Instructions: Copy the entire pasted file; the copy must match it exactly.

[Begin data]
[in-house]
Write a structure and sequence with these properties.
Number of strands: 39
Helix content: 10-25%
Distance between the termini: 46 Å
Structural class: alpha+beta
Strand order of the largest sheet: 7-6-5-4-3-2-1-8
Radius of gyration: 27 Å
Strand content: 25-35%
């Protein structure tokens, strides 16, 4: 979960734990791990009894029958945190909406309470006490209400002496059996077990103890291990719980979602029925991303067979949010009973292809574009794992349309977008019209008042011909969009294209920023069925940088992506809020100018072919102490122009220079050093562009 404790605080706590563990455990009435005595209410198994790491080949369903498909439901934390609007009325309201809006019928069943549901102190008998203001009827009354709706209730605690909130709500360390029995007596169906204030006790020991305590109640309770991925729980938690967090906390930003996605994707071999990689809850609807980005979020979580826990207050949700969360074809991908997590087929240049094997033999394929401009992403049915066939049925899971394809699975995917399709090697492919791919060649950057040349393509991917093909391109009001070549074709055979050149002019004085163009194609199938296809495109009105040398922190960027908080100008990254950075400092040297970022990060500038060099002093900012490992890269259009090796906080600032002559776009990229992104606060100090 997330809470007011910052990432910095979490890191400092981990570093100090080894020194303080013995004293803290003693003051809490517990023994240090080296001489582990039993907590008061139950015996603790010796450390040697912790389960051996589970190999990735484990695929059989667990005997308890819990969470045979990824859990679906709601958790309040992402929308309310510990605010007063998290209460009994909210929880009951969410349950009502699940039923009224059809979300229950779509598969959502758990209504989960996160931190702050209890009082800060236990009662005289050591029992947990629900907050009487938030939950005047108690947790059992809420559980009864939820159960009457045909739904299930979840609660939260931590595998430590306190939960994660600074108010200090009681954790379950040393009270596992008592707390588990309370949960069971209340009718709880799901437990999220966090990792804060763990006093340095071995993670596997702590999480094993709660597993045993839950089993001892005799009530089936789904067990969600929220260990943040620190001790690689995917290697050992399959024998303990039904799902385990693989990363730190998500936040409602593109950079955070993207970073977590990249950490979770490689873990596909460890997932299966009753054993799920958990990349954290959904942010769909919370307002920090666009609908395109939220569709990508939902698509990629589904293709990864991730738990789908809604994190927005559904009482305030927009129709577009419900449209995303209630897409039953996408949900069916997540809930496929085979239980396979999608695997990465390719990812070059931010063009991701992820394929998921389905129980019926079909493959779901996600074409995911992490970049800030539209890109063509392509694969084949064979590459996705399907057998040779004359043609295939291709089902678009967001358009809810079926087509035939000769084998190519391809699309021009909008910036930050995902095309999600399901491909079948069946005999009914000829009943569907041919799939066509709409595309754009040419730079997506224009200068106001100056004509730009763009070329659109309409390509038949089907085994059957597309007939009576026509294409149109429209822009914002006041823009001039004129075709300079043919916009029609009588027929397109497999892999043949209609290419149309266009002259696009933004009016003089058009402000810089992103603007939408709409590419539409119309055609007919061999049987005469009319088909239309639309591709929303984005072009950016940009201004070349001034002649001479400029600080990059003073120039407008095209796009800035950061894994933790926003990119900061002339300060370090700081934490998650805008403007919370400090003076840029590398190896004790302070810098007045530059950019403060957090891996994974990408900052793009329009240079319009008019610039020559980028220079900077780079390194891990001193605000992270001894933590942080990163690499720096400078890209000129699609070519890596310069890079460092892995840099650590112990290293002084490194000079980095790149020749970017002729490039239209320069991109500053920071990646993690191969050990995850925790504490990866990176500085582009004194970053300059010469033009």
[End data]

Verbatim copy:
[in-house]
Write a structure and sequence with these properties.
Number of strands: 39
Helix content: 10-25%
Distance between the termini: 46 Å
Structural class: alpha+beta
Strand order of the largest sheet: 7-6-5-4-3-2-1-8
Radius of gyration: 27 Å
Strand content: 25-35%
């Protein structure tokens, strides 16, 4: 979960734990791990009894029958945190909406309470006490209400002496059996077990103890291990719980979602029925991303067979949010009973292809574009794992349309977008019209008042011909969009294209920023069925940088992506809020100018072919102490122009220079050093562009 404790605080706590563990455990009435005595209410198994790491080949369903498909439901934390609007009325309201809006019928069943549901102190008998203001009827009354709706209730605690909130709500360390029995007596169906204030006790020991305590109640309770991925729980938690967090906390930003996605994707071999990689809850609807980005979020979580826990207050949700969360074809991908997590087929240049094997033999394929401009992403049915066939049925899971394809699975995917399709090697492919791919060649950057040349393509991917093909391109009001070549074709055979050149002019004085163009194609199938296809495109009105040398922190960027908080100008990254950075400092040297970022990060500038060099002093900012490992890269259009090796906080600032002559776009990229992104606060100090 997330809470007011910052990432910095979490890191400092981990570093100090080894020194303080013995004293803290003693003051809490517990023994240090080296001489582990039993907590008061139950015996603790010796450390040697912790389960051996589970190999990735484990695929059989667990005997308890819990969470045979990824859990679906709601958790309040992402929308309310510990605010007063998290209460009994909210929880009951969410349950009502699940039923009224059809979300229950779509598969959502758990209504989960996160931190702050209890009082800060236990009662005289050591029992947990629900907050009487938030939950005047108690947790059992809420559980009864939820159960009457045909739904299930979840609660939260931590595998430590306190939960994660600074108010200090009681954790379950040393009270596992008592707390588990309370949960069971209340009718709880799901437990999220966090990792804060763990006093340095071995993670596997702590999480094993709660597993045993839950089993001892005799009530089936789904067990969600929220260990943040620190001790690689995917290697050992399959024998303990039904799902385990693989990363730190998500936040409602593109950079955070993207970073977590990249950490979770490689873990596909460890997932299966009753054993799920958990990349954290959904942010769909919370307002920090666009609908395109939220569709990508939902698509990629589904293709990864991730738990789908809604994190927005559904009482305030927009129709577009419900449209995303209630897409039953996408949900069916997540809930496929085979239980396979999608695997990465390719990812070059931010063009991701992820394929998921389905129980019926079909493959779901996600074409995911992490970049800030539209890109063509392509694969084949064979590459996705399907057998040779004359043609295939291709089902678009967001358009809810079926087509035939000769084998190519391809699309021009909008910036930050995902095309999600399901491909079948069946005999009914000829009943569907041919799939066509709409595309754009040419730079997506224009200068106001100056004509730009763009070329659109309409390509038949089907085994059957597309007939009576026509294409149109429209822009914002006041823009001039004129075709300079043919916009029609009588027929397109497999892999043949209609290419149309266009002259696009933004009016003089058009402000810089992103603007939408709409590419539409119309055609007919061999049987005469009319088909239309639309591709929303984005072009950016940009201004070349001034002649001479400029600080990059003073120039407008095209796009800035950061894994933790926003990119900061002339300060370090700081934490998650805008403007919370400090003076840029590398190896004790302070810098007045530059950019403060957090891996994974990408900052793009329009240079319009008019610039020559980028220079900077780079390194891990001193605000992270001894933590942080990163690499720096400078890209000129699609070519890596310069890079460092892995840099650590112990290293002084490194000079980095790149020749970017002729490039239209320069991109500053920071990646993690191969050990995850925790504490990866990176500085582009004194970053300059010469033009």